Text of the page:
- June 12, 1930
- October 22, 1993
- United Kingdom
- Not Active
Robert McGregor Innes Ireland probably wasn’t the world-class racing driver but was a larger-than-life character with a life story that could be filmed.
He recorded 53 entries (50 starts) in the Formula 1 World Championship between 1959 and 1966, scoring four podiums, including a victory at 1961 United States Grand Prix at Watkins Glen. He also won seven times in non-championship F1 races.
He was born in June 1930 in the village of Mytholmroyd, Yorkshire, but spent his childhood in Dumfries and Galloway council in Scotland where his father was from. Ireland trained as an engineer with Rolls Royce.
At the same time, he began to race in an old Bentley when he was 22. Soon after he became a lieutenant in the King’s Own Scottish Borderers and served with the Parachute Regiment in the Suez-Kanal area during 1953 and 1954.
When he returned home, Innes became more involved in motorsport, driving a Riley 9. Always elegant and ready for fun, Ireland was a flamboyant character with a natural talent for racing but he never was really in it.
However, in 1957 he won the Brookland Memorial Trophy and caught the attention of Colin Chapman. The Lotus company and racing team founder called him to join the squad and that was the beginning of something that could be called a serious racing career.
In the following year he debuted at Le Mans 24 Hours while in 1959 Ireland debuted in the Formula 1 World Championship. Driving a Lotus 16, he scored points in two Grand Prix races and finished 14th in the standings.
In 1960 he made a huge progress driving a Lotus 18. Ireland finished 2nd at the Dutch Grand Prix and the US Grand Prix, as well as 3rd at the British Grand Prix. With 18 points on his account, the Scottish racer finished 4th in the Drivers’ Championship, behind Jack Brabham, Bruce McLaren, and Stirling Moss.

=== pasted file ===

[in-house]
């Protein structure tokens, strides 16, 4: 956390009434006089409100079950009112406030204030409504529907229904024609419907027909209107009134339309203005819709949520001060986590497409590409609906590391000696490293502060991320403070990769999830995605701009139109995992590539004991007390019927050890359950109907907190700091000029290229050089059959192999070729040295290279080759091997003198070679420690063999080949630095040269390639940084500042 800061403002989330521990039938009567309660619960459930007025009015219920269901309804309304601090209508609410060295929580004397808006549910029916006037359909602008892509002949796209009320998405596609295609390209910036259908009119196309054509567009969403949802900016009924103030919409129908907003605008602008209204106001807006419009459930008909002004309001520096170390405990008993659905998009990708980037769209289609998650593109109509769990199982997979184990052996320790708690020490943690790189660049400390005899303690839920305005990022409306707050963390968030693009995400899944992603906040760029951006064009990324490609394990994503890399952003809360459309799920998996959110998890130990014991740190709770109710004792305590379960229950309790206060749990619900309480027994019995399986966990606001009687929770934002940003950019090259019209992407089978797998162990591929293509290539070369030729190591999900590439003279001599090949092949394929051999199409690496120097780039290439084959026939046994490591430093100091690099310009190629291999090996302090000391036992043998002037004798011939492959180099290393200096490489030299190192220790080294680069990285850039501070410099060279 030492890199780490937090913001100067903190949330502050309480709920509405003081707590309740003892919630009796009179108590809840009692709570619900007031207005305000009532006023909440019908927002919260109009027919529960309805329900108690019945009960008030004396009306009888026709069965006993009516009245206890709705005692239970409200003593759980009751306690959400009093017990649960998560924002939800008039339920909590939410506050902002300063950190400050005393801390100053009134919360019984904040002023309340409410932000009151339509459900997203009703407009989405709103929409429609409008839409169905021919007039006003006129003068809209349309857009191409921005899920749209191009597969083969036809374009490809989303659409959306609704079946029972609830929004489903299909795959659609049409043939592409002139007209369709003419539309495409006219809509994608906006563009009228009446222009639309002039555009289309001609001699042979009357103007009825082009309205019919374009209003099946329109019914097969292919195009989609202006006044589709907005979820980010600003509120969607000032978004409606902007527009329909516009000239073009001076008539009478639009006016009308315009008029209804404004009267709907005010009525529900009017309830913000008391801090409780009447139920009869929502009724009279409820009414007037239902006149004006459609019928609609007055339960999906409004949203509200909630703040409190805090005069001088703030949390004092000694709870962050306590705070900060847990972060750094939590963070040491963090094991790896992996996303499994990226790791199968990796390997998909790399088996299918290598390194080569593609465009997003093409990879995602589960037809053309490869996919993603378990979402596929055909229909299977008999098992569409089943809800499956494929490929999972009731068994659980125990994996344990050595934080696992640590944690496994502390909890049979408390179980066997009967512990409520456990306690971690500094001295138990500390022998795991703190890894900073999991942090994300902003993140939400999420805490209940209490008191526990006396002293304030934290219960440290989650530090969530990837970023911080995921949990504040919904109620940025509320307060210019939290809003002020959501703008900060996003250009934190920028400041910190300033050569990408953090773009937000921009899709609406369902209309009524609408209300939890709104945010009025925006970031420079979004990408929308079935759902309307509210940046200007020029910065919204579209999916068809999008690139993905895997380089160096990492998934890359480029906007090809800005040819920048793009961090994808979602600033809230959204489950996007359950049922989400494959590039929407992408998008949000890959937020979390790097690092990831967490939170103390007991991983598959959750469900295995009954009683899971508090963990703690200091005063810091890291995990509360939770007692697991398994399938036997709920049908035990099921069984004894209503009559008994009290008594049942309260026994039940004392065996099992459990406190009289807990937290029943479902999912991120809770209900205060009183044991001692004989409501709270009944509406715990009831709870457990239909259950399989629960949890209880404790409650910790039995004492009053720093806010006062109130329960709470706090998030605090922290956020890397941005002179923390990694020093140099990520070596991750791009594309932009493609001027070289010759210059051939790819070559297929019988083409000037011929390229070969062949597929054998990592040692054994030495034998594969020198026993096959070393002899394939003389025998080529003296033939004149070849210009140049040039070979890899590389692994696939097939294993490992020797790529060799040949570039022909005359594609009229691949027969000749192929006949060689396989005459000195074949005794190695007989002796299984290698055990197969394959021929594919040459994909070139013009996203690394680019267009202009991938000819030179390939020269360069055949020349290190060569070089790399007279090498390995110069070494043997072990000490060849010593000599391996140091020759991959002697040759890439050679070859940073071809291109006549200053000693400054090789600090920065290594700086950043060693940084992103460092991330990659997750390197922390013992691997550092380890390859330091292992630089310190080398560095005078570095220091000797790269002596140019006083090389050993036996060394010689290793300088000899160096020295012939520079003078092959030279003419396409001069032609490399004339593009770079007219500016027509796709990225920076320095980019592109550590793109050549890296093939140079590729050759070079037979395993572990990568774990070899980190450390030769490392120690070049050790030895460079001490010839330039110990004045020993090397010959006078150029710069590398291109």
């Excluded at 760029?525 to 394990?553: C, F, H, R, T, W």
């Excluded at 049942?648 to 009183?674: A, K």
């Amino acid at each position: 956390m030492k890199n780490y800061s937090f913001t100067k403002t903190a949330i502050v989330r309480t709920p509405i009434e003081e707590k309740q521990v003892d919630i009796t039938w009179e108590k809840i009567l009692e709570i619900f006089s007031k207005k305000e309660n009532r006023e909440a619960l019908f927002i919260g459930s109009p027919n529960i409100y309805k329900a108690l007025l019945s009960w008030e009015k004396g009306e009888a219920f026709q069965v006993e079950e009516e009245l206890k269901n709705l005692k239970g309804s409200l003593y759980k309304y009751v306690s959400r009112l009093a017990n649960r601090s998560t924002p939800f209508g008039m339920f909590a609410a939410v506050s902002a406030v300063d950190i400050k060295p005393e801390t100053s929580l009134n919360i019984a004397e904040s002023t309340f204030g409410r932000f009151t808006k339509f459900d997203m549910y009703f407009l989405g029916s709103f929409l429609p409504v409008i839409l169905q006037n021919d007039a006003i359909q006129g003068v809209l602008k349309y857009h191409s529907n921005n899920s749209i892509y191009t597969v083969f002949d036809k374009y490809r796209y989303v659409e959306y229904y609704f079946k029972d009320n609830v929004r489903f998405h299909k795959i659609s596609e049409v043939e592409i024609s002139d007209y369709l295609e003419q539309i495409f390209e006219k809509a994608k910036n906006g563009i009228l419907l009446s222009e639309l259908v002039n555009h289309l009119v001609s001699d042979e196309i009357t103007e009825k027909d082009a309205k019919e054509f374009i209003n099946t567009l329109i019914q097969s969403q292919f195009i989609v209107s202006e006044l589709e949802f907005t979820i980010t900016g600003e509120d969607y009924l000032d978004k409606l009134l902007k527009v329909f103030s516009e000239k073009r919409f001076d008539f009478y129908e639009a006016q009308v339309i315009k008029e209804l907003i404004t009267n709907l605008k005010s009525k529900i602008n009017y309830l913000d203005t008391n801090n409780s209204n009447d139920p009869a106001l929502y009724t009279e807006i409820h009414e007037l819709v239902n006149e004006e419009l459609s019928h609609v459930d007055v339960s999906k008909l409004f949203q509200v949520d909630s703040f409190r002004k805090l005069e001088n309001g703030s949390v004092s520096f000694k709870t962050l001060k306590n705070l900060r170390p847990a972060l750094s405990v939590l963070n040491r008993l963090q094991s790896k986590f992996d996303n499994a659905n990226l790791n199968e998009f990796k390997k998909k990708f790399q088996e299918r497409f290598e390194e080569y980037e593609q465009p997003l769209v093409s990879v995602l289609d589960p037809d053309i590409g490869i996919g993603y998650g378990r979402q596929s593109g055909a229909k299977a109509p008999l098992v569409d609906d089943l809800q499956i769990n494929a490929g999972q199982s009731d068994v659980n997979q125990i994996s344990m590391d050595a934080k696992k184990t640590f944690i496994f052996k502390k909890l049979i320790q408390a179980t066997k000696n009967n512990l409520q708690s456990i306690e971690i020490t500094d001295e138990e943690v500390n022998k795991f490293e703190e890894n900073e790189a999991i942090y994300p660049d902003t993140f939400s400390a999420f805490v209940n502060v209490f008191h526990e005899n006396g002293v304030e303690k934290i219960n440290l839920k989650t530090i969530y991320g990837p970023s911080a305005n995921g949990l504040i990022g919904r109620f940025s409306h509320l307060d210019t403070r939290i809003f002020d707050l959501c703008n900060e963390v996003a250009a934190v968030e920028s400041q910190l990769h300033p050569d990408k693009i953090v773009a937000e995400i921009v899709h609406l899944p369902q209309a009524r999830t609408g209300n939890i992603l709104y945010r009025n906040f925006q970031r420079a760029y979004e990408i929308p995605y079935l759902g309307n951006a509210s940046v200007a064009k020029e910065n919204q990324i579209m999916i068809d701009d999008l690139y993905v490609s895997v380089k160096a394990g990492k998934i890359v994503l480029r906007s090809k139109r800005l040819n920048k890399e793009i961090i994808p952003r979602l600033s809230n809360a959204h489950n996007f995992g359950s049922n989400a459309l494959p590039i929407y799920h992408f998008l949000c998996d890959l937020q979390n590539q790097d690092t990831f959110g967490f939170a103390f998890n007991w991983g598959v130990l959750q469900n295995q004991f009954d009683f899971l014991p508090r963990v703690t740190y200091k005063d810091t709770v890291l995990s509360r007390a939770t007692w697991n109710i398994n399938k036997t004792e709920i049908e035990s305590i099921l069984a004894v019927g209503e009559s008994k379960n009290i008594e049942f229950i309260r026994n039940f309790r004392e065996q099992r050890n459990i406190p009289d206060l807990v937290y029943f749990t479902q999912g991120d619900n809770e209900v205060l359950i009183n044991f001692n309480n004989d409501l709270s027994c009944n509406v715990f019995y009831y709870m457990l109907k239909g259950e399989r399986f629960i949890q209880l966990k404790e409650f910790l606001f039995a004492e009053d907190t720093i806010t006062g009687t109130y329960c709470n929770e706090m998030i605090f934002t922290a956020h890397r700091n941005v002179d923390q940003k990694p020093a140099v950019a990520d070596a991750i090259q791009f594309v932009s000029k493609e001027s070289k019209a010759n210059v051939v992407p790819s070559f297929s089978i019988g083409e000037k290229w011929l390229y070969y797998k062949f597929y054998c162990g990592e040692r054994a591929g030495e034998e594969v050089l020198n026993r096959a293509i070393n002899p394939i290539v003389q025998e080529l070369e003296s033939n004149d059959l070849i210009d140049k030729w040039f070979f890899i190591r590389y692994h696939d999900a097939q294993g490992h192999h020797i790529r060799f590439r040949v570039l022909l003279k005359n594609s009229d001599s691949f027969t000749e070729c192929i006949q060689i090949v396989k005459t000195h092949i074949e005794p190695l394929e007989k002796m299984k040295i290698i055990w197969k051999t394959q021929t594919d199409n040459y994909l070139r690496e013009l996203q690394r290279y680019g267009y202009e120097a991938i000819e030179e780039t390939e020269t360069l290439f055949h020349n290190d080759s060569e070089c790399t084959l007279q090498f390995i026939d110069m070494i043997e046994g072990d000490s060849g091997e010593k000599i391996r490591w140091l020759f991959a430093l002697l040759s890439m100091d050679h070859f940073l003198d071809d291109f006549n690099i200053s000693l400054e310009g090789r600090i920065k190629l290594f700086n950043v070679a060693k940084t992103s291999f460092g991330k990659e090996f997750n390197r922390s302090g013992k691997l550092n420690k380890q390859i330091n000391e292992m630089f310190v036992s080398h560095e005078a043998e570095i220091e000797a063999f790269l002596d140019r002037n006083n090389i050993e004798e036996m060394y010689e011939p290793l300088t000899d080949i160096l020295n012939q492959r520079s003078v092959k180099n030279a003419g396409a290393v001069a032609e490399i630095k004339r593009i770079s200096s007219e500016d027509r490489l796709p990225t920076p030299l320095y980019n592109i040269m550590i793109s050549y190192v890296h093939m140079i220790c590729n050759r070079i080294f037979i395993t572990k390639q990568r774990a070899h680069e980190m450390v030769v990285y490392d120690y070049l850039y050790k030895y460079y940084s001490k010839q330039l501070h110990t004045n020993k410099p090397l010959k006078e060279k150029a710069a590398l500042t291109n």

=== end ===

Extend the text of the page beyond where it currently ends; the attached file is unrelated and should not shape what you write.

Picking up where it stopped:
"I would find myself in the middle of a race, thinking about the party we would have that night while Moss was concentrated and dedicated to success,“ recalled Ireland.
The start of 1961 season wasn’t good as he was badly injured at Monaco Grand Prix but luckily he recovered relatively quickly. The same year Ireland earned his place in the history of Formula 1 and Scottish motorsport by becoming the first racer from Scotland who won the Grand Prix. Driving a Lotus 21, he won the US Grand Prix at Watkins Glen.
At the same time, it was a maiden victory for the Lotus team and, unfortunately, last Ireland’s win in the most popular championship. After the race the Scot said he was lucky to win after Brabham and Moss retired from the race. Another interesting fact is that was the last F1 Championship race for Stirling Moss as his career was ended by a heavy accident during the race at Goodwood in 1962.
Surprisingly, Chapman decided to sack Ireland in 1962 and bring Jim Clark in the team. In the following Ireland tried to make an impact with various small teams.
Although having some good results, he never was able to repeat the results that he had with Lotus. He scored numerous wins in the non-championship races but his peak has passed.
"No one could ever deny that Innes Ireland was quick, and he could be phenomenally fast but the trouble was consistency in racing situations, and there were times when it could be said that Innes was too emotional in a race rather than coldly calculating," described Graham Gauld, the respected racing historian who knew him well.
In parallel to his duties in the Formula 1, Ireland sporadically raced sports and touring cars with a variable success. He was able to finish 6th at 1964 Le Mans 24 Hours when he drove Maranello Concessionaires’ Ferrari 350 GTO alongside Tony Maggs.
Finally, Innes decided to retire in 1967 after the Daytona 500 race but stayed in the world of racing working as a journalist and editor. Ireland also published an autobiography ’All Arms and Elbows’.
The Scot called Ireland who was born in England and lived in Wales also was a President of the British Racing Drivers’ Club until the time of his death. He died from cancer on October 22, 1993, in Reading.
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